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Another really rotten thriller by the author of The Styx Complex (1977). Braxton C. Willet, an ex-socialite from Boston who is now out to make it on his own, visits artist brother Will's studio in Milan and finds it in disarray, with Will's finger under a book. Has Will been kidnapped by Italian terrorists? No, he's actually been taken by the elegant Covedonga family, Basques who have a plan for neutron-bombing the Communist headquarters in Madrid, taking over Spain, and restoring freedom to the Basques. The clues for Braxton and Will's girlfriend Helene: some tracings of ancient coins, an old Babylonian cup, and a hillside painting that Will was having framed. Meanwhile, assassins are taking shots at the couple, so they flee Milan and are flown by beautiful Isabel Covedonga to her family bull ranch and castle in the Pyrenees, where they hope to find the hillside that Will painted. Chasing around various chapels and churches, they at last uncover a cellar crammed with treasures from the Temple of Herod. Enter the Irgun, led by Schrangler. This Jewish group has stolen three neutron warheads from the States and is trading them with the elder Covedonga for the treasure, which they will then return to Israel. An underground tribunal of Basques, led by a vicious fat Catholic cardinal, tries Braxton, Will, and Helene. . . and sentences them to be burnt alive. Isabel, who has seen through the big plot, deserts her family when her father has her illegitimate son burned to death in a chapel blaze, and leads the betrayed Jews into the castle just as the warheads are about to go off. Ludicrous.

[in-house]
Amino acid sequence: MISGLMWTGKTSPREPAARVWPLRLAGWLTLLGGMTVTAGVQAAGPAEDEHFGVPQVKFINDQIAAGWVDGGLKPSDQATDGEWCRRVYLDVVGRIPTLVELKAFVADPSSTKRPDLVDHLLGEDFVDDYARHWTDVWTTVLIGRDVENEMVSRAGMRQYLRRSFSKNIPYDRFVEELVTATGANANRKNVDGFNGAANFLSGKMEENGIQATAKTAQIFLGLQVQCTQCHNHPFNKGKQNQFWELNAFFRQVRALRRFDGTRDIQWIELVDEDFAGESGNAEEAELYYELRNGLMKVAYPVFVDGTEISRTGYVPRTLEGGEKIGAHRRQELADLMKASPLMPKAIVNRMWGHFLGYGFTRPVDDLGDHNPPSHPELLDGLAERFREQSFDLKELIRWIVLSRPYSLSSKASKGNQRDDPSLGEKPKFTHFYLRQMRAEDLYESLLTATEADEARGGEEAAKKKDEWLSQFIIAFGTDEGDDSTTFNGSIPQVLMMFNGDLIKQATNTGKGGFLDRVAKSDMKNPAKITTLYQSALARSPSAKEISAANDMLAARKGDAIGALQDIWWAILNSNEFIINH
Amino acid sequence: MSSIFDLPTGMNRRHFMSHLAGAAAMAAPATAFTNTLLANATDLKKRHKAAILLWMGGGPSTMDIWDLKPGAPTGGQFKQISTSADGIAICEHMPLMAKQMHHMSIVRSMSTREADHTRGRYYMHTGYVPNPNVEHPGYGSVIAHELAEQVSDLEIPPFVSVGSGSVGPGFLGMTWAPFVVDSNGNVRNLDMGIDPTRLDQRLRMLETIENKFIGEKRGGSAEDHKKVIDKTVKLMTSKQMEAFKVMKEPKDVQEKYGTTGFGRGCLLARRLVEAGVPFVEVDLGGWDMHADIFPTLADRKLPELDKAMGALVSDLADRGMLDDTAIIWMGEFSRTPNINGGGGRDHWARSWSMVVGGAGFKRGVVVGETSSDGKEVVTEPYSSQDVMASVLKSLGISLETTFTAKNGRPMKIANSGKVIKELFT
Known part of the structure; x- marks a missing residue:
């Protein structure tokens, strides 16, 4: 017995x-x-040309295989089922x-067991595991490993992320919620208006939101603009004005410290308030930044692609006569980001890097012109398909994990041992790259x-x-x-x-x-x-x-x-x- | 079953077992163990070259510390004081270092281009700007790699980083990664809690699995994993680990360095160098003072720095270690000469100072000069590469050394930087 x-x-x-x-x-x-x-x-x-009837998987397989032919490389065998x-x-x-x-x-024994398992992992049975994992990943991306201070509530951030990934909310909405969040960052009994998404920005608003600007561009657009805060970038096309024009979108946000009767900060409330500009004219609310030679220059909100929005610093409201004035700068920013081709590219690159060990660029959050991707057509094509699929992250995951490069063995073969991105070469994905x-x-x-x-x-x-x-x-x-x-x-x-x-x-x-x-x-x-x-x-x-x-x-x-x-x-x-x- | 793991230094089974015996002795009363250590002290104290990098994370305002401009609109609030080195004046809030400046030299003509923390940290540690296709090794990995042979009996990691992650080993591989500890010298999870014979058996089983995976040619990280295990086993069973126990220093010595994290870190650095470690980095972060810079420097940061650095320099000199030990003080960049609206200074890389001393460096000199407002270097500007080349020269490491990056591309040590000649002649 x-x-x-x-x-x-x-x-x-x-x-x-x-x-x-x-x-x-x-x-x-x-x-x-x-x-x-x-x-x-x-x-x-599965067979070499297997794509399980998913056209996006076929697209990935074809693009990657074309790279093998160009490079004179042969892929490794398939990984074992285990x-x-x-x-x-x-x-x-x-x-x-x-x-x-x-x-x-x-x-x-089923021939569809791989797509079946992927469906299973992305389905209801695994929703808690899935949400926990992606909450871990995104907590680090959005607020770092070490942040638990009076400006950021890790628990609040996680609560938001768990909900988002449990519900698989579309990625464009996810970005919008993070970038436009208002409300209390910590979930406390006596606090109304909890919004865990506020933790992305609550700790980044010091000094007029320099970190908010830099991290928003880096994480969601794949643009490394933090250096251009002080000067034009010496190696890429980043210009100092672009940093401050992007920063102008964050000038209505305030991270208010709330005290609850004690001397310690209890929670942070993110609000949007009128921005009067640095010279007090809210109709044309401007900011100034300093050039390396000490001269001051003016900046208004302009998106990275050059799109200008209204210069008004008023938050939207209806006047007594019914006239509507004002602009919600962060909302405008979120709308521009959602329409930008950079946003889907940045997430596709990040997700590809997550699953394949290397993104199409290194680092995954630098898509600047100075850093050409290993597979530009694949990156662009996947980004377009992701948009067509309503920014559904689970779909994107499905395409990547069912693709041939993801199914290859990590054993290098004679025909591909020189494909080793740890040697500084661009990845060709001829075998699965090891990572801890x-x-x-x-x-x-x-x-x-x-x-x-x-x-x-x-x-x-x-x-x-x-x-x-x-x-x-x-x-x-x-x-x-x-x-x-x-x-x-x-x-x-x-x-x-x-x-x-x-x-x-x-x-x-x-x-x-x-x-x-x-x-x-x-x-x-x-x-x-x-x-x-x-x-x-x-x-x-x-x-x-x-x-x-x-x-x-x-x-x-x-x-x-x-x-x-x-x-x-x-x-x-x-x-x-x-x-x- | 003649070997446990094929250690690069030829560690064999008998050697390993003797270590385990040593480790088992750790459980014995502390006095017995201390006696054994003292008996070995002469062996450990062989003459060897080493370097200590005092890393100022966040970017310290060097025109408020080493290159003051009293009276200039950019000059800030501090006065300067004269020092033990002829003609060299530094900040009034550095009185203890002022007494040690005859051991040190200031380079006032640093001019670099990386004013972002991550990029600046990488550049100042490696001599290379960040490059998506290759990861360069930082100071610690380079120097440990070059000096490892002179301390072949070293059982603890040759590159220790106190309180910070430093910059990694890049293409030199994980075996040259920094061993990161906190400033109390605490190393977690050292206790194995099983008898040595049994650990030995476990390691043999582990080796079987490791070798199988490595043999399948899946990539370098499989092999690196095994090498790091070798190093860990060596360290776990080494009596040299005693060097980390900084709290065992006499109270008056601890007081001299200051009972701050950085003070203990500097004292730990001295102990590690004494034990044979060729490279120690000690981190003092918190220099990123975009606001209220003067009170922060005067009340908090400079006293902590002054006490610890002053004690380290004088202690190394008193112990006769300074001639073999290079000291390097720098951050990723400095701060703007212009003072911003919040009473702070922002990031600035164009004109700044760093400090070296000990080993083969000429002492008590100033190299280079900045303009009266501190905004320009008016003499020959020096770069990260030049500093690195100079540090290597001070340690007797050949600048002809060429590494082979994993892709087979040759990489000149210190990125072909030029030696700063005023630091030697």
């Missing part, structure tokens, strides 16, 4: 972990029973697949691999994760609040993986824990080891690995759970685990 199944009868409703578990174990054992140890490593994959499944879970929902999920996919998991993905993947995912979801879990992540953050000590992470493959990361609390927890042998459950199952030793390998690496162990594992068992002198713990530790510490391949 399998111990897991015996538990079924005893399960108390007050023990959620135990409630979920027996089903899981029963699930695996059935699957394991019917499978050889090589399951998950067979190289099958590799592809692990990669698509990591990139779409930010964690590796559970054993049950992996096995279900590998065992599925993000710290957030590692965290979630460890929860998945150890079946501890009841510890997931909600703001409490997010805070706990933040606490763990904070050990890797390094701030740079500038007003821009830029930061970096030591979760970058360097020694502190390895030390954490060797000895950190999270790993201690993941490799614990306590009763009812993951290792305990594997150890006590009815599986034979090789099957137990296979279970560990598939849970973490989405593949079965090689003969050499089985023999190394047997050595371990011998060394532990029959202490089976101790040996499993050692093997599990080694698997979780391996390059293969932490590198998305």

Pub Date: Oct. 1st, 1980
Publisher: Dodd, Mead